8. rpvw

    rpvw Well-Known Member

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    If you are only getting an email when there is an error, it probably signifies that the command you are using in the cron job does not generate any output under the user you are running it as.

    Try my solution by chaining the mail to the command.

    You may want to read up on Chaining Operators in Linux (Just search for that in your favourite search engine)
     
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  9. Dan Lester

    Dan Lester Active Member

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    Yes, that's correct. "cat here >> there" doesn't generate any output. So what I learned is that the e-mail address you're giving it isn't where to send a notification, but where to send the output of the executed script.

    Now, about that pipe ...

    Why wouldn't I do "cat here >> there ; mail -s "Backup Success" admin@example.com" ? That seems to be the right way to chain commands.

    Still not sure what the pipe is for.
     
  10. rpvw

    rpvw Well-Known Member

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    You can use a semi-colon Operator ( ; ) which will result in a sequential execution of the commands.

    You could use the AND Operator ( && ) which would execute the second command only, if the execution of first command SUCCEEDS

    You can use the PIPE Operator ( | ) where the output of first command acts as an input to the second command so any output generated by your cat should get included in the mail


    I have just tested the PIPE on one of my cron jobs that executes every 5 mins, and it works just fine. Note that the email will probably be sent as user@hostname, and will often be rejected or marked as spam by external mail systems.

    I also got the system email as well from Cron Daemon <root@hostname> with a message body that contained : Null message body; hope that's ok and a subject line which was the Cron <user@host> cron job command
     
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    #10 rpvw, Jan 7, 2018
    Last edited: Jan 7, 2018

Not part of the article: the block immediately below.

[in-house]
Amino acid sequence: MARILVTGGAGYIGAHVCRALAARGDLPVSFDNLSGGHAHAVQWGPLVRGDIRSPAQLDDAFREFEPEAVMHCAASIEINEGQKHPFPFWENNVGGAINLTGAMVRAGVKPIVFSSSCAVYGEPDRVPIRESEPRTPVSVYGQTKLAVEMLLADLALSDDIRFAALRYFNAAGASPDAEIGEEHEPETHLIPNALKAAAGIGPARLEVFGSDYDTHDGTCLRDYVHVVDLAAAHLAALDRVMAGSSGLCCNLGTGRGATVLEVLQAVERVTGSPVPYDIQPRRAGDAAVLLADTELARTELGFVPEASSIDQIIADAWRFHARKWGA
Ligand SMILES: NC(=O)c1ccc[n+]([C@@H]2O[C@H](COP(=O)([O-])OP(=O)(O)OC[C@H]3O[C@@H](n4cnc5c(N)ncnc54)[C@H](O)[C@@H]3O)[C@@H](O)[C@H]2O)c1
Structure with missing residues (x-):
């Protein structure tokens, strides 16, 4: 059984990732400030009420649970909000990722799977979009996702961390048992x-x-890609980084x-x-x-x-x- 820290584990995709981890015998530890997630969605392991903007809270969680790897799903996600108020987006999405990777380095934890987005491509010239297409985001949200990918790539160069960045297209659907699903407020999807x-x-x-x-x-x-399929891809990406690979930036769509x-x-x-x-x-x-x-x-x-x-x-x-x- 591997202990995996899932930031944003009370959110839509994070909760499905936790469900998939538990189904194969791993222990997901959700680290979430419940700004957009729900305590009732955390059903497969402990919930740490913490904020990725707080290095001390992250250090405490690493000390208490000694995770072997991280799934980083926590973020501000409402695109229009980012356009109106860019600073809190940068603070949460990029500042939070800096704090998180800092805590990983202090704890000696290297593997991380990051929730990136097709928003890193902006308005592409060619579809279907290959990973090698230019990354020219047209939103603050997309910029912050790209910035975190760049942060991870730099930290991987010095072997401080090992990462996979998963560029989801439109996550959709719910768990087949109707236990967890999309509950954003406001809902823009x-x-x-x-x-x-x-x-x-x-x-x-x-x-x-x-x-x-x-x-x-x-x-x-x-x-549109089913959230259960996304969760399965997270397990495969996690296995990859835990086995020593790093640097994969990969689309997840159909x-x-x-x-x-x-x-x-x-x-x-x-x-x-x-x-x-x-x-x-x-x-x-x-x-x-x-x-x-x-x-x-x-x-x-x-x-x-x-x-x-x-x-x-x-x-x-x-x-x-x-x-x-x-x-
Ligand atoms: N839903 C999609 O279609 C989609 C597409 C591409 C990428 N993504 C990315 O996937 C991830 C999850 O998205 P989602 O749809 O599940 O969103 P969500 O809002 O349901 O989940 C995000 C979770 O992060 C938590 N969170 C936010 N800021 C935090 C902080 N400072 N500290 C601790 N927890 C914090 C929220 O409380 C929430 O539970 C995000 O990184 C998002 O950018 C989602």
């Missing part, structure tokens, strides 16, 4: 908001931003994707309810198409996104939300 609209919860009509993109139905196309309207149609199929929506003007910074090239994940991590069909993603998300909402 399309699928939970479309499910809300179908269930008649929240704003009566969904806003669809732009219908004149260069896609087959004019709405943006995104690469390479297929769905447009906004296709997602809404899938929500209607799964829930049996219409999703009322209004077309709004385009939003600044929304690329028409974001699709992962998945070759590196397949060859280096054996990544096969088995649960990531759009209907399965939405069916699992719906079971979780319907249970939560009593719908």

11. Dan Lester

    Dan Lester Active Member

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    Ah, I see. But my cat command isn't generating any output I want to see. In fact, it's combining one pretty large file with another pretty large file. So I *certainly* don't want it to spit that whole pretty large file back at me! I think the AND operator has to be what I want.

    I'll have to see if the mail is rejected. I'm sending it from mydomain.net to me@mydomain.net, so you'd like to believe it woudn't be rejected.

    Thank you!
     
  12. cPanelMichael

    cPanelMichael Forums Analyst
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    Hello Dan,

    Note that you may want to seek out help with the coding itself on a website geared more towards development (e.g. StackOverflow). Let us know if you have any additional questions.

    Thank you.
     
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  13. Dan Lester

    Dan Lester Active Member

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    Yes, this started out as a cPanel-specific question, but turned into a mostly Unix/Linux question. My apologies, but I appreciate the help. There are some peculiarities about cPanel cron (e.g. that it won't act on files not owned by the user), and I'm just starting to resolve them.
     
  14. CPWorld

    CPWorld Member

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    Cpanel really does not do anything other than just simply call the built in cron system in every Linux server and there is really nothing unusual or different about it.

    Most all linux systems have two sets of crons where user cron schedules are typically stored in /var/spool/cron.

    That folder contains files with the name of the user which contains the schedule for commands to run and while you could in theory execute system commands from the cron schedule directly, it is a bit messy. It is more common to write all your commands to a script file and then call that script file from your cron schedule which there should be an option on your Cpanel control panel to setup unless your hosting provider has taken that option away (often done for security purposes at many hosts).